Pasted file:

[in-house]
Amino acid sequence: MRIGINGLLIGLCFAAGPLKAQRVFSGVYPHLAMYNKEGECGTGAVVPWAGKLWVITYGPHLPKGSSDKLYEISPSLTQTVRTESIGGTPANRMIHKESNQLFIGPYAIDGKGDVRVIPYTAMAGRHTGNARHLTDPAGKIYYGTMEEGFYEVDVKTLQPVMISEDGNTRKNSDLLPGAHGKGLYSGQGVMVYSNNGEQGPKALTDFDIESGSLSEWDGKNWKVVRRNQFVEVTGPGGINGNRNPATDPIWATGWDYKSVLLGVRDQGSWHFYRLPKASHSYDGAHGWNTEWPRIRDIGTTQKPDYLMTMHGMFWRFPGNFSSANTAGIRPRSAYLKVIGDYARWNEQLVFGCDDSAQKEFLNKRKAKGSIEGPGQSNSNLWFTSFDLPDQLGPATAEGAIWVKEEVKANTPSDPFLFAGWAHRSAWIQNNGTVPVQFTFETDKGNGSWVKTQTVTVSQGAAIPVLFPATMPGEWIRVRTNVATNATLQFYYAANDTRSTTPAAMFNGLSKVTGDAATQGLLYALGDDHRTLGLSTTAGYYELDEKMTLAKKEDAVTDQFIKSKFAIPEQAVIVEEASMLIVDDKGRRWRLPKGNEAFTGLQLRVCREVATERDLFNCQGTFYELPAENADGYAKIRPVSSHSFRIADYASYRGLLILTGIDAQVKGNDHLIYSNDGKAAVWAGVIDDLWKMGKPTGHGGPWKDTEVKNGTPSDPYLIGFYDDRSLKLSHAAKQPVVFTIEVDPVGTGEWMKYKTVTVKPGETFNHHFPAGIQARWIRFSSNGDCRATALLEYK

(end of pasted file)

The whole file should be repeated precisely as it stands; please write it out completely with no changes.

[in-house]
Amino acid sequence: MRIGINGLLIGLCFAAGPLKAQRVFSGVYPHLAMYNKEGECGTGAVVPWAGKLWVITYGPHLPKGSSDKLYEISPSLTQTVRTESIGGTPANRMIHKESNQLFIGPYAIDGKGDVRVIPYTAMAGRHTGNARHLTDPAGKIYYGTMEEGFYEVDVKTLQPVMISEDGNTRKNSDLLPGAHGKGLYSGQGVMVYSNNGEQGPKALTDFDIESGSLSEWDGKNWKVVRRNQFVEVTGPGGINGNRNPATDPIWATGWDYKSVLLGVRDQGSWHFYRLPKASHSYDGAHGWNTEWPRIRDIGTTQKPDYLMTMHGMFWRFPGNFSSANTAGIRPRSAYLKVIGDYARWNEQLVFGCDDSAQKEFLNKRKAKGSIEGPGQSNSNLWFTSFDLPDQLGPATAEGAIWVKEEVKANTPSDPFLFAGWAHRSAWIQNNGTVPVQFTFETDKGNGSWVKTQTVTVSQGAAIPVLFPATMPGEWIRVRTNVATNATLQFYYAANDTRSTTPAAMFNGLSKVTGDAATQGLLYALGDDHRTLGLSTTAGYYELDEKMTLAKKEDAVTDQFIKSKFAIPEQAVIVEEASMLIVDDKGRRWRLPKGNEAFTGLQLRVCREVATERDLFNCQGTFYELPAENADGYAKIRPVSSHSFRIADYASYRGLLILTGIDAQVKGNDHLIYSNDGKAAVWAGVIDDLWKMGKPTGHGGPWKDTEVKNGTPSDPYLIGFYDDRSLKLSHAAKQPVVFTIEVDPVGTGEWMKYKTVTVKPGETFNHHFPAGIQARWIRFSSNGDCRATALLEYK